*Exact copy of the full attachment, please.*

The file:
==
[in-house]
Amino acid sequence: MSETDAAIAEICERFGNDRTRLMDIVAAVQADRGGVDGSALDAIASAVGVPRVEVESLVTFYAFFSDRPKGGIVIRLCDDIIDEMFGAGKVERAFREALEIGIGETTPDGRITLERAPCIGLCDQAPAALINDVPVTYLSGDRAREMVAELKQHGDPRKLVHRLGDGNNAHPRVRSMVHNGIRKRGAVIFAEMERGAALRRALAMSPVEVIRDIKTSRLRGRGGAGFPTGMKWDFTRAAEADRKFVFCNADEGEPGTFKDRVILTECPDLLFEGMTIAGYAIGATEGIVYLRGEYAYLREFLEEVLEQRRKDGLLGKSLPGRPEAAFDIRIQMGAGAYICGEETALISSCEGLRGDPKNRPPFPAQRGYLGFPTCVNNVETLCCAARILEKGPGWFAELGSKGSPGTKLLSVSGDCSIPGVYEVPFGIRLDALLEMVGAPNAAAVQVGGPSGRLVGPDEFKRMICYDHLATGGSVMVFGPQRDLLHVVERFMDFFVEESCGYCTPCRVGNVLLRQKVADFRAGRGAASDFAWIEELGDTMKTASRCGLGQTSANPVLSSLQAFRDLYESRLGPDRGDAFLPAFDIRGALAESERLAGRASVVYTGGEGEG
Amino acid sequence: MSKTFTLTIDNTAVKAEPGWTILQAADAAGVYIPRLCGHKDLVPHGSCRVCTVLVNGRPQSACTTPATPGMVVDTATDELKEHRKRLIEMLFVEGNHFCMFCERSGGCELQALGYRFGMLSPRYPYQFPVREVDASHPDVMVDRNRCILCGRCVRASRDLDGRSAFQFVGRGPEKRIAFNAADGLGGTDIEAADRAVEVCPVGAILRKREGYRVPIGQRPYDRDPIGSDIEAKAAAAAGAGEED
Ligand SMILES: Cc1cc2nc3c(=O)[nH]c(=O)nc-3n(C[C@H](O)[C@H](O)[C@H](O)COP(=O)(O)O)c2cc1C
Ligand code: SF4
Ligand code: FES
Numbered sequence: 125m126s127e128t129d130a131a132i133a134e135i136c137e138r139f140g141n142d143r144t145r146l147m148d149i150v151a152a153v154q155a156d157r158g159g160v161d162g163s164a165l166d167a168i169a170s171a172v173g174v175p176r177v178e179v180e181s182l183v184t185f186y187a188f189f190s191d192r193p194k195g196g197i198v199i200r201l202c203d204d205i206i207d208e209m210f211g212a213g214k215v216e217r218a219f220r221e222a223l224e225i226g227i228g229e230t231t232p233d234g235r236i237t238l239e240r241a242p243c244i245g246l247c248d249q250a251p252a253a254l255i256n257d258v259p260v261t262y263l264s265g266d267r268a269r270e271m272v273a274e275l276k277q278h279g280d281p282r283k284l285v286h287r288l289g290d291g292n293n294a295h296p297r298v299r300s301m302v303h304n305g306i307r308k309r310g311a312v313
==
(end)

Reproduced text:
[in-house]
Amino acid sequence: MSETDAAIAEICERFGNDRTRLMDIVAAVQADRGGVDGSALDAIASAVGVPRVEVESLVTFYAFFSDRPKGGIVIRLCDDIIDEMFGAGKVERAFREALEIGIGETTPDGRITLERAPCIGLCDQAPAALINDVPVTYLSGDRAREMVAELKQHGDPRKLVHRLGDGNNAHPRVRSMVHNGIRKRGAVIFAEMERGAALRRALAMSPVEVIRDIKTSRLRGRGGAGFPTGMKWDFTRAAEADRKFVFCNADEGEPGTFKDRVILTECPDLLFEGMTIAGYAIGATEGIVYLRGEYAYLREFLEEVLEQRRKDGLLGKSLPGRPEAAFDIRIQMGAGAYICGEETALISSCEGLRGDPKNRPPFPAQRGYLGFPTCVNNVETLCCAARILEKGPGWFAELGSKGSPGTKLLSVSGDCSIPGVYEVPFGIRLDALLEMVGAPNAAAVQVGGPSGRLVGPDEFKRMICYDHLATGGSVMVFGPQRDLLHVVERFMDFFVEESCGYCTPCRVGNVLLRQKVADFRAGRGAASDFAWIEELGDTMKTASRCGLGQTSANPVLSSLQAFRDLYESRLGPDRGDAFLPAFDIRGALAESERLAGRASVVYTGGEGEG
Amino acid sequence: MSKTFTLTIDNTAVKAEPGWTILQAADAAGVYIPRLCGHKDLVPHGSCRVCTVLVNGRPQSACTTPATPGMVVDTATDELKEHRKRLIEMLFVEGNHFCMFCERSGGCELQALGYRFGMLSPRYPYQFPVREVDASHPDVMVDRNRCILCGRCVRASRDLDGRSAFQFVGRGPEKRIAFNAADGLGGTDIEAADRAVEVCPVGAILRKREGYRVPIGQRPYDRDPIGSDIEAKAAAAAGAGEED
Ligand SMILES: Cc1cc2nc3c(=O)[nH]c(=O)nc-3n(C[C@H](O)[C@H](O)[C@H](O)COP(=O)(O)O)c2cc1C
Ligand code: SF4
Ligand code: FES
Numbered sequence: 125m126s127e128t129d130a131a132i133a134e135i136c137e138r139f140g141n142d143r144t145r146l147m148d149i150v151a152a153v154q155a156d157r158g159g160v161d162g163s164a165l166d167a168i169a170s171a172v173g174v175p176r177v178e179v180e181s182l183v184t185f186y187a188f189f190s191d192r193p194k195g196g197i198v199i200r201l202c203d204d205i206i207d208e209m210f211g212a213g214k215v216e217r218a219f220r221e222a223l224e225i226g227i228g229e230t231t232p233d234g235r236i237t238l239e240r241a242p243c244i245g246l247c248d249q250a251p252a253a254l255i256n257d258v259p260v261t262y263l264s265g266d267r268a269r270e271m272v273a274e275l276k277q278h279g280d281p282r283k284l285v286h287r288l289g290d291g292n293n294a295h296p297r298v299r300s301m302v303h304n305g306i307r308k309r310g311a312v313